Away From the Manger

Away From the Manger

Away From the Manger

A summary of what's in the major U.S. newspapers.
May 10 2002 5:22 AM

Away From the Manger

The top story in the Wall Street Journal's world-wide newsbox and the lead at the New York Times announce that Israel rolled tanks toward the Gaza Strip and called up an unknown number of reservists in preparation for its military response to the recent suicide bombing in a pool hall. The Los Angeles Times lead, also reported in the WSJ and NYT top stories, is word that Palestinian fighters began leaving the Church of the Nativity early Friday after Cyprus offered to temporarily take in the 13 militants whose fate had stalled the negotiations repeatedly. From Cyprus, the men will be exiled to several other nations. Twenty-six more church hold-outs are on their way to Gaza and the remaining dozens of civilians are free to go. The Washington Post leads with the news that Maryland's governor has ordered a stop to executions until the death penalty can be reviewed for racial bias. Maryland is the second state, after Illinois, to issue a moratorium on executions because they may not be applied fairly. USA Today leads with a Department of Education report that reveals American high-school seniors have a "truly abysmal" understanding of U.S. history, according to an administrator of a test they took. For example, over half the students couldn't pick the U.S. ally at the beginning of World War II out of the following list: a) Germany b) Japan c) the Soviet Union and d) Italy. Scores haven't improved since the last time seniors took the test seven years ago.

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According to the papers, Israel's foreign minister said that Israel's military objectives are to conduct isolated strikes on clusters of suicide terrorists. The WP says that according to Israeli officials, the military strike will be more narrowly targeted than the West Bank offensive, though the LAT points out that usually reservists being called up means big operations. Combat might be difficult in Gaza because it is so crowded, the papers agree. Gaza's one million residents stocked up on food and supplies in anticipation of the Israeli military's arrival.

After protesting its assigned role in the deal to end the Bethlehem standoff, Italy decided it would take in some of the Palestinian gunmen, and Spain, Austria, Greece, Luxembourg, Ireland, and possibly Canada will get the rest, the papers report. The exact terms of the deal—the conditions under which the men will live in exile and how long exile will last—have not been reported. An AP report in USAT says there is "no indication" that the men will be confined within their new countries and that the details of the exile arrangement will be decided by EU foreign ministers on Monday.

The papers tentatively concluded the standoff was over yesterday, but the deal was waylaid by a disagreement over whether a European monitor should stay with the 13 men until negotiators could find a place for them.

Everyone reports that in response to the latest suicide bombing, Palestinian leader Yasser Arafat ordered the arrest of 16 members of Hamas. Hamas said those arrested were low-ranking. President Bush warned Arafat that he must keep the militants in jail. The WSJ and USAT remind that Palestinian fighters arrested by the Palestinian Authority historically don't stay imprisoned very long.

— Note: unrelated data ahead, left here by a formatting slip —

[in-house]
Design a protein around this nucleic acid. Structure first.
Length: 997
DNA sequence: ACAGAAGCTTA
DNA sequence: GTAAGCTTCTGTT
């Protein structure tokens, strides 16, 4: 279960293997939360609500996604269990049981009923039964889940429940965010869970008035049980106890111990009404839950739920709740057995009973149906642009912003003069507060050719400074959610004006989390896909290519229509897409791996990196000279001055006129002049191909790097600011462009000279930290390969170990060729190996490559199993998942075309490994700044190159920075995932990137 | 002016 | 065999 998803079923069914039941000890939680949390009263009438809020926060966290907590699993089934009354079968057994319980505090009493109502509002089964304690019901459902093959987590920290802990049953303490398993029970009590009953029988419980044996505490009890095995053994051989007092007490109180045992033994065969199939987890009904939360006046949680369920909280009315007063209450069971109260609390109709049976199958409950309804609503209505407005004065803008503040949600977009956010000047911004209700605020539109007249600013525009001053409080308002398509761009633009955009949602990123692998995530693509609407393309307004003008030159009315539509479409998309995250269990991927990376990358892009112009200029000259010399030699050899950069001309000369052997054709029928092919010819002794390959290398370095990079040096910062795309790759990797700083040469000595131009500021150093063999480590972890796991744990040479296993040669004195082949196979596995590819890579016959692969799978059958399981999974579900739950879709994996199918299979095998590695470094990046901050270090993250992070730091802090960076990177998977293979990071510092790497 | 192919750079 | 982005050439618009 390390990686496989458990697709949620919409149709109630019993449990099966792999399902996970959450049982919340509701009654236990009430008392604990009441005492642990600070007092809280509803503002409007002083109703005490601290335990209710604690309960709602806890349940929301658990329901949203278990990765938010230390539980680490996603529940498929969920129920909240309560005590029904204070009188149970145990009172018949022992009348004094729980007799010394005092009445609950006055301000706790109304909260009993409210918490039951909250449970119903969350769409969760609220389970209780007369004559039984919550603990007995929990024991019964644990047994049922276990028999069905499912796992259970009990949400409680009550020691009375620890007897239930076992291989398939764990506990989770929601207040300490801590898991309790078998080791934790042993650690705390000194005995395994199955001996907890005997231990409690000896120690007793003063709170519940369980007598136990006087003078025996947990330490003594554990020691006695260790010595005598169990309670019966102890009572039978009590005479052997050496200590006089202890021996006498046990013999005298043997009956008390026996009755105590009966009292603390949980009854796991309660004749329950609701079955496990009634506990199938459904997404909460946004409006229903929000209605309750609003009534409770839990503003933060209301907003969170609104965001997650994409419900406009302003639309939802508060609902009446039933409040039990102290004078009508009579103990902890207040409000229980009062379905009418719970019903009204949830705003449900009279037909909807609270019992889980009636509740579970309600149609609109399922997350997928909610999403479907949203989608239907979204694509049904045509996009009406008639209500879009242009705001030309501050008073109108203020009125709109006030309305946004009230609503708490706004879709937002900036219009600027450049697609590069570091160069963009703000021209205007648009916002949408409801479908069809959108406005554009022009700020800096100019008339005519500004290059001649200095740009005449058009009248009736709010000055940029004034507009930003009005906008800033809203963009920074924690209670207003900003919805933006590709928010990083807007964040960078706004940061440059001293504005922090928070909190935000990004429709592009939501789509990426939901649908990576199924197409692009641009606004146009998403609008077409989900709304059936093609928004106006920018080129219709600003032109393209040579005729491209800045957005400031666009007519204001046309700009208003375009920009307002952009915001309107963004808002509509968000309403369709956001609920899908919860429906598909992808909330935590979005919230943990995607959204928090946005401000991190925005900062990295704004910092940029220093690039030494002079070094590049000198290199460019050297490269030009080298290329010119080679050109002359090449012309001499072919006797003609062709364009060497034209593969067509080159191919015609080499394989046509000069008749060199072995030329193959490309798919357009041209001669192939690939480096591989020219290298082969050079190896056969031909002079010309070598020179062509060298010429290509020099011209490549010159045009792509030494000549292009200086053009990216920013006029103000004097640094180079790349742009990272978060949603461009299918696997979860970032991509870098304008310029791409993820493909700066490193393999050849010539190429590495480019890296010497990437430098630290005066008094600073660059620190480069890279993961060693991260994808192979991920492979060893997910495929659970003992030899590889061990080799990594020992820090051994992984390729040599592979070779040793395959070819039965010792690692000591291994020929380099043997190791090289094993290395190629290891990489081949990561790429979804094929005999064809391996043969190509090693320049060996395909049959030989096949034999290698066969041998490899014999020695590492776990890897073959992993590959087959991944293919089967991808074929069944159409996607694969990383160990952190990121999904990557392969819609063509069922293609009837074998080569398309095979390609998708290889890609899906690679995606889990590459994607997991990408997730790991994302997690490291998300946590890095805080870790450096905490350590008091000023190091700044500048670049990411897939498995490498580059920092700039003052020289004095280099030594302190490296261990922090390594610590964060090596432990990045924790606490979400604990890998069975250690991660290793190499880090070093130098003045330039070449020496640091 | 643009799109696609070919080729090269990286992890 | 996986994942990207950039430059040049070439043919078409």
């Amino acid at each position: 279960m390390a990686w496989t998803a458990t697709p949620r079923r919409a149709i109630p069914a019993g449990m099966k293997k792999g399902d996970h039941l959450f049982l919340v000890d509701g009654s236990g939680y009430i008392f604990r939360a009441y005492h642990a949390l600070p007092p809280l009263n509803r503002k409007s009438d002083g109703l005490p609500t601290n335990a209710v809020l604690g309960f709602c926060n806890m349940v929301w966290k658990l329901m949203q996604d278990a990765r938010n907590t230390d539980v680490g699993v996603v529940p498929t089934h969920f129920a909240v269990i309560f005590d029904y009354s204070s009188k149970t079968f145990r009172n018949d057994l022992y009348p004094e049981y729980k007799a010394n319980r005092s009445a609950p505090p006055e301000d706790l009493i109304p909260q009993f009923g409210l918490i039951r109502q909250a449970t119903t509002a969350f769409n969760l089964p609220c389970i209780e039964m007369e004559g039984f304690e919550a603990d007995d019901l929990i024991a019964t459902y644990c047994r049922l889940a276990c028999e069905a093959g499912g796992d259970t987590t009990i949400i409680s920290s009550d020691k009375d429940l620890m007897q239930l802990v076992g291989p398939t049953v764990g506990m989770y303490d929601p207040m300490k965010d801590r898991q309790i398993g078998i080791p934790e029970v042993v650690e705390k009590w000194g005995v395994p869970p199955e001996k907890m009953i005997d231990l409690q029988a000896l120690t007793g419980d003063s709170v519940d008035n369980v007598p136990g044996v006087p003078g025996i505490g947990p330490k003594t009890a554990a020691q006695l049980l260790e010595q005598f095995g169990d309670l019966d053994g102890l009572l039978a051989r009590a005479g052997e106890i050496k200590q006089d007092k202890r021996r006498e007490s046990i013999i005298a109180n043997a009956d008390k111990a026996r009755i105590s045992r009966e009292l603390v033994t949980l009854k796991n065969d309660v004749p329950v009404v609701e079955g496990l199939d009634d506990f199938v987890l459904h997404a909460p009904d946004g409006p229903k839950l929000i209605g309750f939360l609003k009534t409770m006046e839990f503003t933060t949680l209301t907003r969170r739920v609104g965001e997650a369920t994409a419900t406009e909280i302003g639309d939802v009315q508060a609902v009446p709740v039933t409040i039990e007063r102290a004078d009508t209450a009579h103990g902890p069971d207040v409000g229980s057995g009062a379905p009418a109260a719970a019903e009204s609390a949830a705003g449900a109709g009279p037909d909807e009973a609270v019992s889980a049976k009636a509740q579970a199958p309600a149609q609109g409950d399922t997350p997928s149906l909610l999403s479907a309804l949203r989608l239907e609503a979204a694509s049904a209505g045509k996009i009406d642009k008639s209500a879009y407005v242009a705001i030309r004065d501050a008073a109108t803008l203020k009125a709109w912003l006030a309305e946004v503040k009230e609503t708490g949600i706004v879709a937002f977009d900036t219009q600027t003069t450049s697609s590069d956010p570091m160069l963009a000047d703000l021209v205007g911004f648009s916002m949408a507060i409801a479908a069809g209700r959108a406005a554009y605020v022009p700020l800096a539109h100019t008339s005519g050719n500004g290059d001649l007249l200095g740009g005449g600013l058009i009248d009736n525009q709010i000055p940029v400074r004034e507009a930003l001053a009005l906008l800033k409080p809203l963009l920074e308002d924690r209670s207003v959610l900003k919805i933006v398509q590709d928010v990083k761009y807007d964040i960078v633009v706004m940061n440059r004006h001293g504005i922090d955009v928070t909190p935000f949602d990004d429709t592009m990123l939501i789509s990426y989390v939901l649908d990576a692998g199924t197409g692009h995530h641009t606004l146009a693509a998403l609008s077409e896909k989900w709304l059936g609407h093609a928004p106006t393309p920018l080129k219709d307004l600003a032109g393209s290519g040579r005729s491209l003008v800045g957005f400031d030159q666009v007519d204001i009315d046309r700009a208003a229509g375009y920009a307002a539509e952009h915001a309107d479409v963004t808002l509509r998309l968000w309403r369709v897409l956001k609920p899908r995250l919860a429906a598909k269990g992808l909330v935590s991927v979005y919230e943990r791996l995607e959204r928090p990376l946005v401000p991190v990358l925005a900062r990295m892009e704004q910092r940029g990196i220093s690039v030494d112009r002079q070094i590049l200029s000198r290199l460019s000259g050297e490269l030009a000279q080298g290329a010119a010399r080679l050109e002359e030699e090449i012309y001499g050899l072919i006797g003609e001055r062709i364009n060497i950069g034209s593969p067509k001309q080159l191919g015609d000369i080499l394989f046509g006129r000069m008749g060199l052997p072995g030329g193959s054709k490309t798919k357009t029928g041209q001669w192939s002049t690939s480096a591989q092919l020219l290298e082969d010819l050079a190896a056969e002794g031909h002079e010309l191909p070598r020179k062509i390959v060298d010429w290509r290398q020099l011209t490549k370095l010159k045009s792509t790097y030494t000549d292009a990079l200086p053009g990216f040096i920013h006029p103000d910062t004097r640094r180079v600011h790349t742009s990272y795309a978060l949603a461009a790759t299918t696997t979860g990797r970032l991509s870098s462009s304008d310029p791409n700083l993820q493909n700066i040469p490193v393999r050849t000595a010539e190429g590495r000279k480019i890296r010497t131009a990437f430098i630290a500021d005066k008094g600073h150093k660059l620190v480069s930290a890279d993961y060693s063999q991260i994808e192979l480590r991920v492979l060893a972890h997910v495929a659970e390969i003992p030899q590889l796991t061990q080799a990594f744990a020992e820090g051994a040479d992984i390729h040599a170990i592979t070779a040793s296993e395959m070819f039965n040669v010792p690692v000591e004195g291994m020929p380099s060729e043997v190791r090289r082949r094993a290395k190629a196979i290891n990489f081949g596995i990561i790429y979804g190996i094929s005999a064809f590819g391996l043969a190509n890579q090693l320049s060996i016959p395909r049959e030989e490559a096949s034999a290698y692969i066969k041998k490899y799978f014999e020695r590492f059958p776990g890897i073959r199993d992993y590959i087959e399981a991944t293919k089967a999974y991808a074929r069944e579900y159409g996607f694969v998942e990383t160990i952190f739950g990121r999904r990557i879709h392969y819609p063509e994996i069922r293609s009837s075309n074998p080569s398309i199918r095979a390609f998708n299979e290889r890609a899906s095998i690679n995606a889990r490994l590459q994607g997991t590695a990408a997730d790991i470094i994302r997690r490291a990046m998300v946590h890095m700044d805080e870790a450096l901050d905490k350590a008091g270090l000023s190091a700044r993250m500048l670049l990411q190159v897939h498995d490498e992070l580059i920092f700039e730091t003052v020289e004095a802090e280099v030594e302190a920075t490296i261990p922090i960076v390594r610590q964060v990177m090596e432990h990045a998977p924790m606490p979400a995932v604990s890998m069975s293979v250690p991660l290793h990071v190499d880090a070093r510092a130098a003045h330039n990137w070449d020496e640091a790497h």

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Bush denied reports that the White House wants to reform the Palestinian Authority by removing Arafat, the papers say. Senior American officials have said that Bush agreed that Arafat may have to take on a symbolic role to make way for a Palestinian leader who can negotiate a peace deal.

The WP reports that despite widespread support for suicide bombings among Palestinians, people in Gaza, and even the militant group Hamas, concede that some suicide attacks are inappropriate, namely, those committed by young teen-agers. After three 15-year-old Palestinians were killed charging Israeli soldiers recently, Hamas issued a statement forbidding attacks by teen-agers acting alone and told youngsters to turn in friends who were considering becoming suicide bombers.

The papers have details today on a bomb attack in a Russian town along the Caspian Sea. The explosion killed 34 and wounded 130 bystanders and participants in a parade commemorating the end of World War II. Russian President Putin suggested Chechen rebels were responsible.

The Senate and White House have agreed on a plan to give Bush "fast-track" authority to negotiate trade deals with other countries that Congress can only approve or reject, not change, the papers report. The president's ability to do this has not been renewed by Congress since 1994. Senate leaders expect the deal to become law.

The NYT reports on an enthusiastic anti-American protest in Arab countries: grass roots movements to boycott products associated with the United States. Arabs are discouraged from patronizing Starbucks (but not Dominos, perhaps because some people believe it is an Italian chain), and fast-food sales are down an average of 30 percent in Arab countries. One Saudi doughnut chain executive is trying to pass off doughnuts as a Saudi food—his logic being that they could be so, since he's been making doughnuts in Saudi Arabia for 21 years—and is offering $300,000 to anyone who can prove his enterprise is connected to the United States.